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April 4, 2000
Exporters demand separate policy for small-scale sector
Exporters termed the recently announced export import policy for 2000-2001 by the Commerce and Industry Minister Murasoli Maran as purely an import policy and demanded a separate policy for the small-scale sector.
S P Agarwal, president of the Delhi Exporters' Association, or DEA, said, "The new Exim Policy has disappointed the exporters as there is nothing new in it except the introduction of special economic export zones on the lines of those in China."
The Exim Policy has disappointed more than 100,000 exporters from the cottage and small sectors, he said. "We do not understand why it has been hailed by other trade associations and chambers of commerce," he said.
'The new policy has allowed more imports of domestic products. This will destroy the domestic base. About 4,560 items have been put under the open general licence," he said, and added that India is fast becoming a dumping ground.
The DEA has demanded simplification of labour laws for the export industry, scrapping of the policy of star houses, one class of exporters, and a reduction in interest rates by 3 per cent.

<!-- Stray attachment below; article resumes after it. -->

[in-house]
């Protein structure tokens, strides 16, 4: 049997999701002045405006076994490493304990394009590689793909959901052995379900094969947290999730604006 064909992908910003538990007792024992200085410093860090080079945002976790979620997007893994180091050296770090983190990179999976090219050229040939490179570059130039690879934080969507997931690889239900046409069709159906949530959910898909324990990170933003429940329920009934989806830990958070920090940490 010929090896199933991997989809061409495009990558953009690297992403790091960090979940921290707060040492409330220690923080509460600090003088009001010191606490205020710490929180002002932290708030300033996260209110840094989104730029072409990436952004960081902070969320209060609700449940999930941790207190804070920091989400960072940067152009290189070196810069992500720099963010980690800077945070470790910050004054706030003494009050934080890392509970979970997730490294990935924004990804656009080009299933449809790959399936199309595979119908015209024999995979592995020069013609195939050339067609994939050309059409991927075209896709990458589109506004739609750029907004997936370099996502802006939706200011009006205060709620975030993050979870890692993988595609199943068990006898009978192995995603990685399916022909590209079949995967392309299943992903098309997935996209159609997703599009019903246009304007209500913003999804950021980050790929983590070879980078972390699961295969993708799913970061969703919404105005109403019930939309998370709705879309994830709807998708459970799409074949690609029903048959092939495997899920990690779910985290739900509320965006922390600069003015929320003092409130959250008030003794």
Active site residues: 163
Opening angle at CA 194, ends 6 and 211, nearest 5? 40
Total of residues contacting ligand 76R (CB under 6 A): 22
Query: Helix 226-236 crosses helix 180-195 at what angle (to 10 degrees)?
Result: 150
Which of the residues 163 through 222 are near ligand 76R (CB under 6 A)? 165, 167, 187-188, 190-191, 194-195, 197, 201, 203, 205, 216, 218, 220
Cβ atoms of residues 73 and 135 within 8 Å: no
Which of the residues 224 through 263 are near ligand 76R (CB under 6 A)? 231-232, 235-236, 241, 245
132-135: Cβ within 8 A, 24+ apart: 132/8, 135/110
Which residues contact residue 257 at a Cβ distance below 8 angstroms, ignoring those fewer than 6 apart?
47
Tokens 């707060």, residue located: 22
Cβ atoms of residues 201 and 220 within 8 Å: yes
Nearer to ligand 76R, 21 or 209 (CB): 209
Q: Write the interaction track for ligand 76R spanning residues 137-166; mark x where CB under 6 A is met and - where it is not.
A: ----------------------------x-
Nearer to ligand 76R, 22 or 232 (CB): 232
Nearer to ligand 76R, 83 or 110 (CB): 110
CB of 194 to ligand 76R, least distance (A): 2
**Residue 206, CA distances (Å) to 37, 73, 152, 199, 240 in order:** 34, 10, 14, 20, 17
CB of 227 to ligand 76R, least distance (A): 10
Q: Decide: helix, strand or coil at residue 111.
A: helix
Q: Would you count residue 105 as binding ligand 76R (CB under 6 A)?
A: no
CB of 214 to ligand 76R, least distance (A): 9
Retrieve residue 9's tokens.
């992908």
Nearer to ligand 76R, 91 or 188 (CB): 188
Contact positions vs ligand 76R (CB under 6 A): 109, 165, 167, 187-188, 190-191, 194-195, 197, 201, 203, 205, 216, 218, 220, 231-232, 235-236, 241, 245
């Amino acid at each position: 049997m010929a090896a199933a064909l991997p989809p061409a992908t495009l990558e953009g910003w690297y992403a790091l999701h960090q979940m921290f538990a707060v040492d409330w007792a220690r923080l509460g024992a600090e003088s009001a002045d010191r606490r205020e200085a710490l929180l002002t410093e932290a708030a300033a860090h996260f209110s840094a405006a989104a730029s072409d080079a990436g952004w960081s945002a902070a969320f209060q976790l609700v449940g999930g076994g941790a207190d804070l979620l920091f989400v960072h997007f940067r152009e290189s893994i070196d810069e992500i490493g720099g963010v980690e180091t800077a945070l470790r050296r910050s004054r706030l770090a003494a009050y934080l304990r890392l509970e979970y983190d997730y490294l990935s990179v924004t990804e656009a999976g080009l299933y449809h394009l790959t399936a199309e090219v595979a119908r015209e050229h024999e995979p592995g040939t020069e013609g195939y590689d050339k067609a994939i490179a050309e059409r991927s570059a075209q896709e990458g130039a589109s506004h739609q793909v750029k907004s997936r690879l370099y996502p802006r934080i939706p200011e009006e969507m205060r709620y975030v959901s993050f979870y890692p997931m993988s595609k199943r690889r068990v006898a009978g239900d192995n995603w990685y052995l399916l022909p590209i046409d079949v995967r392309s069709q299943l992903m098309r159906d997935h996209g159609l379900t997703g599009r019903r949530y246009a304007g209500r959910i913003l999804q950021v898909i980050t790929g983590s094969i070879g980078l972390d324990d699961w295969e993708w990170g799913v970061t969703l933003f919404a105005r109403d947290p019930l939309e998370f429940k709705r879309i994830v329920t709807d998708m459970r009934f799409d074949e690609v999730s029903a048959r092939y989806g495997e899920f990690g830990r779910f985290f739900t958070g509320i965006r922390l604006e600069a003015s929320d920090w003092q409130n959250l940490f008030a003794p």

"It is imperative that if India's exporters have to be globally competitive, interest rates must be reduced, otherwise it will be extremely unfair to allow globalisation and liberal imports to India without having a level playing field," Agarwal said.
He suggested instant export financing, development of a single passbook scheme, instant clearance of cargo, and a seven-day working week for all government agencies involved in international trade like customs, airports, ports and certification agencies.
Agarwal also said that deemed exports should be treated at par with physical exports for all benefits, so that Indian companies could source their requirements from domestic sources and save foreign exchange.
He demanded that the Board of Trade have adequate representatives of small exporters.
Meanwhile, the Indian Farmers Fertiliser Co-operative, or IFFCO, chairman Surinder Kumar Jakhar said that the co-operative would be able to survive, despite the liberalised imports of foodgrains envisaged in new Exim Policy.
After a meeting of IFFCO delegates in Jalandhar, Jakhar admitted that the co-operative may face hardships for the next two years, but would be able to survive the liberalised import regime.
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